On My Way to Buy Eggs
by Chih-Yuan Chen
picture book tells of a girl's walking adventures on the way to, from and at the neighborhood store. Shau-Yu
wants to play outside, but her father asks her to go to the store to buy eggs before she plays. Along the
way, she walks in a cat's shadow and "barks" a hello to a dog, Harry. She finds treasures: first, a "lost
marble . . . the color of cats' eyes." Looking through the marble, Shau-Yu's world turns blue.
Shau-Yu is delighted: "I am a little fish, swimming in the big blue sea." In an aside, the reader
learns that "Shau-Yu means 'little fish.'" Next, Shau-Yu finds "a pair of glasses that
wants someone to wear them." Donning them, Shau-Yu "looks like Mother now." Although
with the glasses on "everything is blurry," Shau-Yu "knows the way to the store."
At the store, Shau-Yu pretends to be her mother: "I would like to buy some eggs, please. . . . I
am cooking fried rice and eggs for my family tonight." The shopkeeper plays along and smilingly suggests:
"maybe your little girl, Shau-Yu, would like some chewing gum?" Of course!
On the return trip, Shau-Yu notices some flowers growing from a crack in a wall. She picks them
and carries them home. Shau-Yu and the eggs arrive home safely, and the little girl exclaims, "I've had
such a busy day!" Father gets to work making dinner.
Markers. There are several cultural connections in this picture book, beginning with its premise (going
to a neighborhood store). Other connections include: Shau-Yu (Chinese for "Little Fish," as noted
above); leaves crunching beneath Shau-Yu's feet say "chi-cha;" and eggs are put singly into a translucent sack to be carried
home (i.e., no carton). One name was probably anglicized - Harry, the dog. The specific
setting and culture are not indicated except through the publisher's note on the last page:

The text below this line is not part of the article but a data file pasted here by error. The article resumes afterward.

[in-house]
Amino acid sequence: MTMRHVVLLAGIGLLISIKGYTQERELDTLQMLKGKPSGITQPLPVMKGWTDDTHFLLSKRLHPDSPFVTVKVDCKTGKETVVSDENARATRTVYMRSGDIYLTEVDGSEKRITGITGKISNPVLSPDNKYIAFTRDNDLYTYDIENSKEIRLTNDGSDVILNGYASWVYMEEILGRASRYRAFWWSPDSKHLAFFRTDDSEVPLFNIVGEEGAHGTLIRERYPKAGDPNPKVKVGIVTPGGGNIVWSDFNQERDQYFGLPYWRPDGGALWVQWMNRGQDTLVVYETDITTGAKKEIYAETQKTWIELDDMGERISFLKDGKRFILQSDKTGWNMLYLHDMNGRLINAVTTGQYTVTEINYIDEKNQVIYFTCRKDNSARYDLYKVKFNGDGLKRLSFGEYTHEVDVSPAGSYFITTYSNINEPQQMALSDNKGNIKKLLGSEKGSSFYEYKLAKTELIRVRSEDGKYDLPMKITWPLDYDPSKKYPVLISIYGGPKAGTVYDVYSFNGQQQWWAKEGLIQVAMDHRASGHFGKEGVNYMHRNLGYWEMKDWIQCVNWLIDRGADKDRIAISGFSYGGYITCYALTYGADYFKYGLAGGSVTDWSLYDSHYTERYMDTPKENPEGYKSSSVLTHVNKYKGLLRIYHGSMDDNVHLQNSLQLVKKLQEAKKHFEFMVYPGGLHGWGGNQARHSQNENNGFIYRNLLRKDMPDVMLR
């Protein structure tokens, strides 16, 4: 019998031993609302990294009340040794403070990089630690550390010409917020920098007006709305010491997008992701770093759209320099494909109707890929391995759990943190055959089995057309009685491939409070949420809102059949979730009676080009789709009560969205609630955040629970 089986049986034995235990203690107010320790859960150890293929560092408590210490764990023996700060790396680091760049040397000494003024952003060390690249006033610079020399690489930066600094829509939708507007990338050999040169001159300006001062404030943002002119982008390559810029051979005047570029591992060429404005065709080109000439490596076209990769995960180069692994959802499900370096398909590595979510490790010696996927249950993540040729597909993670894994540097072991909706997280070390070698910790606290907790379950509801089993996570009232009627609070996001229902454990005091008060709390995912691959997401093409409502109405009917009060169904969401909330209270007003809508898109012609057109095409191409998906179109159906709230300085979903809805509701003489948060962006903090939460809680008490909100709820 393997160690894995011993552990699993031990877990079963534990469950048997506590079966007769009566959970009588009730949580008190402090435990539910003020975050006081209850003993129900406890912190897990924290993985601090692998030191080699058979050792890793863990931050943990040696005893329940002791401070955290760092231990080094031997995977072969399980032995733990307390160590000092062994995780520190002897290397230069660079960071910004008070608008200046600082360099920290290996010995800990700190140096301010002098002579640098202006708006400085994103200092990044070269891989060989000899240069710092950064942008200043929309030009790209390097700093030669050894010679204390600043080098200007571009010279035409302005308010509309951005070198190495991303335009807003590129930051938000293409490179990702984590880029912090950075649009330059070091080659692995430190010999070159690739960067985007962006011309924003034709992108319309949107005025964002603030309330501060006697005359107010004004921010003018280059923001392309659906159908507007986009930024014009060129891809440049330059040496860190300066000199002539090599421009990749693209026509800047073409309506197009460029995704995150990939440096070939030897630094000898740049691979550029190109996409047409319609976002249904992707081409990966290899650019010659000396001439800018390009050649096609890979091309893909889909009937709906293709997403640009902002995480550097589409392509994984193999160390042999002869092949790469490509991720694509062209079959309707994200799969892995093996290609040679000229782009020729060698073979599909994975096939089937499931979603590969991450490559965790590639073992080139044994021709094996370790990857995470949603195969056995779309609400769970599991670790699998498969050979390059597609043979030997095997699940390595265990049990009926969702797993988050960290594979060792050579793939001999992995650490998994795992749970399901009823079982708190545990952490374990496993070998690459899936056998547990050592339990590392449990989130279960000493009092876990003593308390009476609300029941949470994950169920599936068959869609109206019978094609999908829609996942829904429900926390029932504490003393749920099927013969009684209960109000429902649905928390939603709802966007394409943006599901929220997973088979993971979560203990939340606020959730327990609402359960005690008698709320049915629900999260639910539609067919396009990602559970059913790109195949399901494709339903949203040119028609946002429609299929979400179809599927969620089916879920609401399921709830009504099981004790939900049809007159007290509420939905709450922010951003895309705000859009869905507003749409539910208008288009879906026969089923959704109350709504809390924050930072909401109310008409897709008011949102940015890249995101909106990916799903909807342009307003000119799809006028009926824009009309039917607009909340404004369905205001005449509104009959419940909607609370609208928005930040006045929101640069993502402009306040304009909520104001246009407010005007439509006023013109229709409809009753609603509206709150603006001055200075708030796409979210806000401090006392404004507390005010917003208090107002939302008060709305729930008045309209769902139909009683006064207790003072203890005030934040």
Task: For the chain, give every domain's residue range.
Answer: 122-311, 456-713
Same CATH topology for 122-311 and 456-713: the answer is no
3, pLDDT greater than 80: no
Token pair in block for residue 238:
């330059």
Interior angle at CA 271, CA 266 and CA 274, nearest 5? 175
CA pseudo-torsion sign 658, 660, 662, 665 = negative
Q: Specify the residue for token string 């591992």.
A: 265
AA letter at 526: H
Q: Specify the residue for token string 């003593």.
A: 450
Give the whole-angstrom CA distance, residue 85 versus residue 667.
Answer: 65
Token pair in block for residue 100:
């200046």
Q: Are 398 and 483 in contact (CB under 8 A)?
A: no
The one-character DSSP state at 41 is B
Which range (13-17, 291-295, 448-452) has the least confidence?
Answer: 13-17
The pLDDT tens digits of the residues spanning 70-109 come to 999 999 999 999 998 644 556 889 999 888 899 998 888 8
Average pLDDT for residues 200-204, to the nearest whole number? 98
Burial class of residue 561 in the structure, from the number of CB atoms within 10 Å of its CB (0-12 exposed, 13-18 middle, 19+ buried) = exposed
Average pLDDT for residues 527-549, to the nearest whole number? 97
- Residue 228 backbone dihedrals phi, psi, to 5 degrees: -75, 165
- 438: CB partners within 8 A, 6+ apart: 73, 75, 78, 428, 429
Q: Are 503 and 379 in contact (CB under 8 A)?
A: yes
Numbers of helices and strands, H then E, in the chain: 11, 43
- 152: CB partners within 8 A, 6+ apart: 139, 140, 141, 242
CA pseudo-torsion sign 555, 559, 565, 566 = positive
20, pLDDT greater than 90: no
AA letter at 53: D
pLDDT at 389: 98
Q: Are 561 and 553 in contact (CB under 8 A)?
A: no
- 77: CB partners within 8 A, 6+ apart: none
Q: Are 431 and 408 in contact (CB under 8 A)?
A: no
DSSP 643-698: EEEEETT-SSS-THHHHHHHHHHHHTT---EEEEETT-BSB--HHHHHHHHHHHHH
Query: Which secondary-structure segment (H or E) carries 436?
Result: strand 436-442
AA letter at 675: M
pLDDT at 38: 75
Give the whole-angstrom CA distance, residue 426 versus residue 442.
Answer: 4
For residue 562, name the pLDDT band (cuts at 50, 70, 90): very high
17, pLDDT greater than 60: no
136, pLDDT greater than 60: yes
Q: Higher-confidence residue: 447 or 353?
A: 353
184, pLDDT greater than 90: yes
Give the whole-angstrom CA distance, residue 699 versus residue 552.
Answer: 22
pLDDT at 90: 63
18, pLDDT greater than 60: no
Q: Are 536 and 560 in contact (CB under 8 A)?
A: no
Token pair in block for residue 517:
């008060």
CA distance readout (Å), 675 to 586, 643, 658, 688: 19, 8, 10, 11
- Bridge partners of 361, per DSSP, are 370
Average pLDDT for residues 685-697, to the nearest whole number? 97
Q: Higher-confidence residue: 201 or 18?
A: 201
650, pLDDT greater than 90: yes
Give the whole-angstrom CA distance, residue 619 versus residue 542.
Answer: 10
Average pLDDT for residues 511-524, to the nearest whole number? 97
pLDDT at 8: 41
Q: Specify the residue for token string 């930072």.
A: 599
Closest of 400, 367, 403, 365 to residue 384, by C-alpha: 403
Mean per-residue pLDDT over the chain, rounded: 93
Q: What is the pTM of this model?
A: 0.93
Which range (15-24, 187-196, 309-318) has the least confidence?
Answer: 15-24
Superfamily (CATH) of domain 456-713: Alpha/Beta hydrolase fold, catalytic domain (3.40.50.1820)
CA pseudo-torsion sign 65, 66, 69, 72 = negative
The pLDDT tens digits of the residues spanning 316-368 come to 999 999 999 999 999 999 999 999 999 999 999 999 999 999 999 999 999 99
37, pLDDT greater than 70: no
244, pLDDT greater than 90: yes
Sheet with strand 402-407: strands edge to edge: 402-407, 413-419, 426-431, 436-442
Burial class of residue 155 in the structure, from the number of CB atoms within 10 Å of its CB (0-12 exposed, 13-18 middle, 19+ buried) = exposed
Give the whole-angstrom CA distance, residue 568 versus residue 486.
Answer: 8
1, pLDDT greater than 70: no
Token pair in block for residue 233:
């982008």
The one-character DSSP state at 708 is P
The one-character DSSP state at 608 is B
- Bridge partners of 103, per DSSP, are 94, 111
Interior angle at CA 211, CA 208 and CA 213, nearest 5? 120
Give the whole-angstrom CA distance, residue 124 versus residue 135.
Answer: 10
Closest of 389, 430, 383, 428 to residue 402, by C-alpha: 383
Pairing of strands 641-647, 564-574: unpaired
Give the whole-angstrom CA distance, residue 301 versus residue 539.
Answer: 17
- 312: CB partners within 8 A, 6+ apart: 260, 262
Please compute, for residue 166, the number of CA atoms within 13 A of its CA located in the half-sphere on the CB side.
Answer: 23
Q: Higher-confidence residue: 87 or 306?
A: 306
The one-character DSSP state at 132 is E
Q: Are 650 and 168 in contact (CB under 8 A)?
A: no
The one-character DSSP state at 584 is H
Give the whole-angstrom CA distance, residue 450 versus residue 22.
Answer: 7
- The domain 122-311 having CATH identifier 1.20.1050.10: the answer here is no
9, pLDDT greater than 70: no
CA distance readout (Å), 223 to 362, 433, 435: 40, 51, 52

Traditional stores are little neighborhood
stores, of the kind before supermarkets and convenience stores appeared. And, while there aren't quite
so many of them anymore, they still exist in most neighborhoods in Taiwan. People can get almost anything
they need there, from light bulbs to snacks, toilet paper to bug spray. They are combination drug stores,
hardware stores, markets and marriage consultants (the shop owner!).
Chen's tale and illustrations link a contemporary event with his past: "Today when I looked out
of my window I saw a little girl carrying a bag of eggs. She was coming out of a traditional store. . .
. To me, traditional stores play a big part in my childhood memories."
While the story
is set in Taiwan, Chen's charming illustrations and viewpoint (through Shau-Yu's eyes) draw parallels to children everywhere.
Shau-Yu's errand turns into adventure, as it would for most children, showing "how children largely live in--and appreciate--the
moment."[i] Chen's sepia-toned, gray and white illustrations, created by "collage, paper
cutting, and charcoal to produce surprising perspectives . . . echo the youngster's flights of fancy."[ii] Shau-Yu finds joy in simple activities, and her innocent spirit shines through
the text and illustrations.
[i] Roback, Diane, et al. 2003. Summary of On My Way to Buy Eggs. Publishers Weekly 250 (34).
[ii] Loch-Waters, Marge. 2003. Review of On My Way to Buy Eggs. School Library Journal 49
Chen, Chih-Yuan. 2001.
On My Way to Buy Eggs. La Jolla, CA: Kane/Miller; Taipei, Taiwan, R.O.C.: Hsin Yi Publications.
This review was written for a graduate
course in Library and Information Studies at Texas Woman's University, International Literature for Children and Young Adults.